The New Jersey Devils announced today that they have hired Jacques Lemaire as their new head coach. This is going to be something, as the Devils are going through a transition period and have a stellar new goalie coming up by the name of Martin Brodeur. Something tells me this kid will make a name for himself soon, boy howdy.
Huh?? Oh, I'm sorry, I thought this was 1993 when this sort of thing happened the first time. But alas, it's 16 years later and 11 years after Lemaire ended his first reign with the Devils after the '97-'98 season.
One of the questions in this move is whether or not this is a smart decision. You have to wonder why the Devils bring in a guy who hasn't been the most successful in his coaching career. Sure, his technique and tactics are that of legends, but when you look closer at his history behind the bench, you soon realize that for a team that has had issues in the playoffs the past two seasons, Lemaire could be a step backwards for this organization. Though in his 15 seasons, Lemaire has gone 538-415-176 and one Stanley Cup with the Devils to show-- he has missed the playoffs in six seasons (three times in the last five seasons) and has only gotten out of the first round in six seasons, most early in his coaching tenure.
The fact that Lemaire is more defensive minded and has missed the playoffs in three of the last five seasons, it could be a telling sign that time and the game has passed him by. Especially for a team like the Devils who have had their share of issues when it comes to the playoffs recently-- you wonder why they make this decision over making longtime assistant John MacLean head coach with the big club, aside from putting him down on the farm in Lowell. While putting MacLean in Lowell is a start, you'd have to think he was a top contender considering his time he's put in as an assistant and how well he knows what's successful and what's not with this group of players.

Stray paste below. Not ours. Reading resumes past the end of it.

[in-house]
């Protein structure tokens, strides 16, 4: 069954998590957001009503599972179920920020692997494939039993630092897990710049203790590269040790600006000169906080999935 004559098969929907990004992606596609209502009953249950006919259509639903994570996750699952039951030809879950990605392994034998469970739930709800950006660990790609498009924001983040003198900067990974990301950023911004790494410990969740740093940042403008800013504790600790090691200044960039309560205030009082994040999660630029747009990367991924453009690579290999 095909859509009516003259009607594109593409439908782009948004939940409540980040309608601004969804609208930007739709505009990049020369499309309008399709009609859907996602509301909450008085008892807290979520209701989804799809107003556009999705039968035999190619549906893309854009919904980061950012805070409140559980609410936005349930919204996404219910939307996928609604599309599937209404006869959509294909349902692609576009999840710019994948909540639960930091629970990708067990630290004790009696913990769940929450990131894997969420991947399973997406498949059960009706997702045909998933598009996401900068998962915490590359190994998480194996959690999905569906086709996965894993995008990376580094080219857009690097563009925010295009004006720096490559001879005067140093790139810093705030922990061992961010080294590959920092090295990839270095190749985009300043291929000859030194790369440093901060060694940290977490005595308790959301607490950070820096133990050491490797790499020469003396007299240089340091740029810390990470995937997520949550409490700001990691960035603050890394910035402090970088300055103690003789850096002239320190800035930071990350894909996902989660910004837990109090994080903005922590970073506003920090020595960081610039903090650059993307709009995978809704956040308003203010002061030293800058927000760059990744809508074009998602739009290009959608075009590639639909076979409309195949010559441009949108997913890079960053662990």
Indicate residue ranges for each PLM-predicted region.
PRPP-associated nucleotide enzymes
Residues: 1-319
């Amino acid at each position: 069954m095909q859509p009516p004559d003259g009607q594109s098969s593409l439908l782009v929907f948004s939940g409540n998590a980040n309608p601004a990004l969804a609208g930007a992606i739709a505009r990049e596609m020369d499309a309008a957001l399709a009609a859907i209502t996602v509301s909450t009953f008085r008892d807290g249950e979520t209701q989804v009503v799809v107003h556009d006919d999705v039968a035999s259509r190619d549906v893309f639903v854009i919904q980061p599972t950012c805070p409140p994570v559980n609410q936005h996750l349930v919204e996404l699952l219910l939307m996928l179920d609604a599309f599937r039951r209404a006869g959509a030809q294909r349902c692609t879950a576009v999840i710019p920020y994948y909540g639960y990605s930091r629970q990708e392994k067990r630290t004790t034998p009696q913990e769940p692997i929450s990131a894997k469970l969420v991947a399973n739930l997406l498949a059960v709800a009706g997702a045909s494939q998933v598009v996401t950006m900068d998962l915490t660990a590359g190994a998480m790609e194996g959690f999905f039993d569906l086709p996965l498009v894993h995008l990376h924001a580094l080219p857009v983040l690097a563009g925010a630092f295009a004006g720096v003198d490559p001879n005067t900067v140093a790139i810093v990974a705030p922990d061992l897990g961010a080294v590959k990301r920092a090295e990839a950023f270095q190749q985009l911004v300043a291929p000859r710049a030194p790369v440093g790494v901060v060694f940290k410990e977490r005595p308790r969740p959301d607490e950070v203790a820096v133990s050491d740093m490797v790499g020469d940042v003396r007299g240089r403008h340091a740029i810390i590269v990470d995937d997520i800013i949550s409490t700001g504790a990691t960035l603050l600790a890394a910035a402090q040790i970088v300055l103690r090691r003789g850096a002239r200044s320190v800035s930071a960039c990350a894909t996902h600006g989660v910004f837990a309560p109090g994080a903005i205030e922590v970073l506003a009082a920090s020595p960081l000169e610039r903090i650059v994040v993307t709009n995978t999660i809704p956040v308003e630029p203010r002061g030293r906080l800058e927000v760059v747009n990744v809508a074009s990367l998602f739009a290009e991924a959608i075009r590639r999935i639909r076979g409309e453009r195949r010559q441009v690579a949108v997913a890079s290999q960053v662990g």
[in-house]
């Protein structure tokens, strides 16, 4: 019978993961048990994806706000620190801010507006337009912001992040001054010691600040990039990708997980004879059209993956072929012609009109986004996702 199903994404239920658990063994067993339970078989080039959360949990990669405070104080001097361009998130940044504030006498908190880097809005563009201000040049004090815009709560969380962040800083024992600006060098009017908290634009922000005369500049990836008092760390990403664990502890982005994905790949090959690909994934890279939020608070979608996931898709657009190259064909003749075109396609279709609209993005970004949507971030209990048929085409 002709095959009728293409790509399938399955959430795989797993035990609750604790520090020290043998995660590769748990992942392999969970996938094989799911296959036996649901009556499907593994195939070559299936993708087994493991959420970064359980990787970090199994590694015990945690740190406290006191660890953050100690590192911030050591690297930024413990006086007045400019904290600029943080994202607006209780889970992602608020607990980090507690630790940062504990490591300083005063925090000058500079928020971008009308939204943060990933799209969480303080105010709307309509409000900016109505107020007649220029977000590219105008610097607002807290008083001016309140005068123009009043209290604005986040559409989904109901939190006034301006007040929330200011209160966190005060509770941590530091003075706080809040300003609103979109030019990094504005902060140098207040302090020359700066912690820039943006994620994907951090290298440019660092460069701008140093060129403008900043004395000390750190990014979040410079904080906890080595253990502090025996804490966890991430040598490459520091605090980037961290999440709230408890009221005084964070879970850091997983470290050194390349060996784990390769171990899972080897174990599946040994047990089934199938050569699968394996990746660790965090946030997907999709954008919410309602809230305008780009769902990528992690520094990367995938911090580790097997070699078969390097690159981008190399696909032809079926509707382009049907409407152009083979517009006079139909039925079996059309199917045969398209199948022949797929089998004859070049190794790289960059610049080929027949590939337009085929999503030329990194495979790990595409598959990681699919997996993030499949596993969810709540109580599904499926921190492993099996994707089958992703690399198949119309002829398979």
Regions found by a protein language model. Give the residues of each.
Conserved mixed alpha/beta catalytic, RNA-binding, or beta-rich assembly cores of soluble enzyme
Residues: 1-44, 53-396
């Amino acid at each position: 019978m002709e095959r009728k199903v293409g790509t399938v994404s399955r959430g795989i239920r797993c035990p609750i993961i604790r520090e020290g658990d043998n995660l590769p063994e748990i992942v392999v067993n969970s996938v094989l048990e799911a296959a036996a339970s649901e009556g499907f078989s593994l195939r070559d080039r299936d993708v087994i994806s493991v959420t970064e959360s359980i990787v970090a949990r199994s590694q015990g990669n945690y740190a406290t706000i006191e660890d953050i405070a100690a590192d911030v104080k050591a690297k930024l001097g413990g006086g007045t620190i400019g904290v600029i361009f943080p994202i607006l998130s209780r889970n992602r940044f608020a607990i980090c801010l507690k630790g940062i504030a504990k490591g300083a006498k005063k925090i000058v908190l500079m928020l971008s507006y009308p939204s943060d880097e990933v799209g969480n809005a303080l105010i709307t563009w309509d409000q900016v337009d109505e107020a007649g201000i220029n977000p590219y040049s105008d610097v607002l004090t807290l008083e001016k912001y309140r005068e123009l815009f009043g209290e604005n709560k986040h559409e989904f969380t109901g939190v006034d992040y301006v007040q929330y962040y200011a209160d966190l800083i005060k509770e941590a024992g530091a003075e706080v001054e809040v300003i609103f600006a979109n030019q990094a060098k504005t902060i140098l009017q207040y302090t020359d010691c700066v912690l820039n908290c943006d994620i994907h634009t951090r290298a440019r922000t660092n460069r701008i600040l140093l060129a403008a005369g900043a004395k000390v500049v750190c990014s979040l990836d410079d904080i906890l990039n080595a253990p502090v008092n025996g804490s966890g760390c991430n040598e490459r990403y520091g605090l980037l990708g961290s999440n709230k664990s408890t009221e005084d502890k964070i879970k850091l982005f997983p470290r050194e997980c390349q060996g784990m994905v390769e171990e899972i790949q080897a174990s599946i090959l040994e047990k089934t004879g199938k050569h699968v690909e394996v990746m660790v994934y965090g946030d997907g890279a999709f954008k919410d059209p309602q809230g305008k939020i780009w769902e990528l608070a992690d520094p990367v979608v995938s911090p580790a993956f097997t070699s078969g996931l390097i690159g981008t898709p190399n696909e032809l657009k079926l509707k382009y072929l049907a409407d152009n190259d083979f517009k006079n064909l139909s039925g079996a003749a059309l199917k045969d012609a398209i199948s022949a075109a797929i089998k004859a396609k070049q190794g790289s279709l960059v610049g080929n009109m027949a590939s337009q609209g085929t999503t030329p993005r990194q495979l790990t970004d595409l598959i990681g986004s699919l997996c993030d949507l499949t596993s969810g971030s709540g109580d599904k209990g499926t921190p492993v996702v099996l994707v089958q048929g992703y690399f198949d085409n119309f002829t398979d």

But it's not something that will be new territory with this team. Aside from Zach Parise (and maybe Patrik Elias), there's not that much offensive swagger for the Devils to exploit anymore. This way, you have to figure that there's not going to be too much of an issue with the Devils going more defensive or there's going to be that much of a shake-up going from one style of play to another. Parise's numbers will probably suffer, sure, but if the Devils are going to rack up wins, I think the personal stats will be put aside for the time being....until the style wears out its welcome and changes are made mid-season.
Obviously, only time will tell how much the Devils will change and how the response will be from players and fans alike. The one thing I would have suggested is leaving the past in the past. Sure, Lemaire has a legacy and changed a lot of thing in the coaching game when defensive hockey was the order of the day, but when will people see that bringing back the past often creates more problems than solutions. Even though a coach has a ring from the past, it doesn't automatically mean they will be successful in the present day-- right Mike Keenan??
All the best to Lemaire in his new venture with the Devils, but for the fans out there-- you may want to hope that somewhere between Minnesota and New Jersey that Jacques picked up some high-tempo scoring techniques or realized that maybe offensive isn't that much of a bad thing in the end.